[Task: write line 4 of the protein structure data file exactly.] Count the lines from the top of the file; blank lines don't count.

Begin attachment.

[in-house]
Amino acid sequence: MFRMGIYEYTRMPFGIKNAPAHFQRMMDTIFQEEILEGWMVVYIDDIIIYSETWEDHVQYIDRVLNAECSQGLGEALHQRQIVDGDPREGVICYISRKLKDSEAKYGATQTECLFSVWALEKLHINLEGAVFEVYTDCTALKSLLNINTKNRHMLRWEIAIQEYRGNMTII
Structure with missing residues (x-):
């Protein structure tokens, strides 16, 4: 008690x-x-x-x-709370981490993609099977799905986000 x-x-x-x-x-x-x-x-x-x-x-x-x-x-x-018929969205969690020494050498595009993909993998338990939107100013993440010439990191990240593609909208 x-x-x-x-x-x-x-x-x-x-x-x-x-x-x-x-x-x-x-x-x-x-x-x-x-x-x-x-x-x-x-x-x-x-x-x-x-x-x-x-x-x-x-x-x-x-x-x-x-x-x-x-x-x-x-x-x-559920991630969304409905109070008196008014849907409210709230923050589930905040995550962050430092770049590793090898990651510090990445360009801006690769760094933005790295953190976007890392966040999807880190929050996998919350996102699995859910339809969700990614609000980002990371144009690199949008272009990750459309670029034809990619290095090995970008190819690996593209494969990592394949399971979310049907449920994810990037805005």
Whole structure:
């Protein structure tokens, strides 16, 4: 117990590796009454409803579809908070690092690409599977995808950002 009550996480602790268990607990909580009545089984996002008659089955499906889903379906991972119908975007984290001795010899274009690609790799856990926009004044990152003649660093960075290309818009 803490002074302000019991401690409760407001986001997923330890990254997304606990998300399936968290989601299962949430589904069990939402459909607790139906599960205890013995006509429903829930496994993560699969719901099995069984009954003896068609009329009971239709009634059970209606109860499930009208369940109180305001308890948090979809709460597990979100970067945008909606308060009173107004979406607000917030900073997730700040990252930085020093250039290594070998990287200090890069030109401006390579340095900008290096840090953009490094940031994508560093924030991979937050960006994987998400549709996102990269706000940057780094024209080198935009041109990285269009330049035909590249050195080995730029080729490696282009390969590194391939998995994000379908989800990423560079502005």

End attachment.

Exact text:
């Protein structure tokens, strides 16, 4: 008690x-x-x-x-709370981490993609099977799905986000 x-x-x-x-x-x-x-x-x-x-x-x-x-x-x-018929969205969690020494050498595009993909993998338990939107100013993440010439990191990240593609909208 x-x-x-x-x-x-x-x-x-x-x-x-x-x-x-x-x-x-x-x-x-x-x-x-x-x-x-x-x-x-x-x-x-x-x-x-x-x-x-x-x-x-x-x-x-x-x-x-x-x-x-x-x-x-x-x-x-559920991630969304409905109070008196008014849907409210709230923050589930905040995550962050430092770049590793090898990651510090990445360009801006690769760094933005790295953190976007890392966040999807880190929050996998919350996102699995859910339809969700990614609000980002990371144009690199949008272009990750459309670029034809990619290095090995970008190819690996593209494969990592394949399971979310049907449920994810990037805005």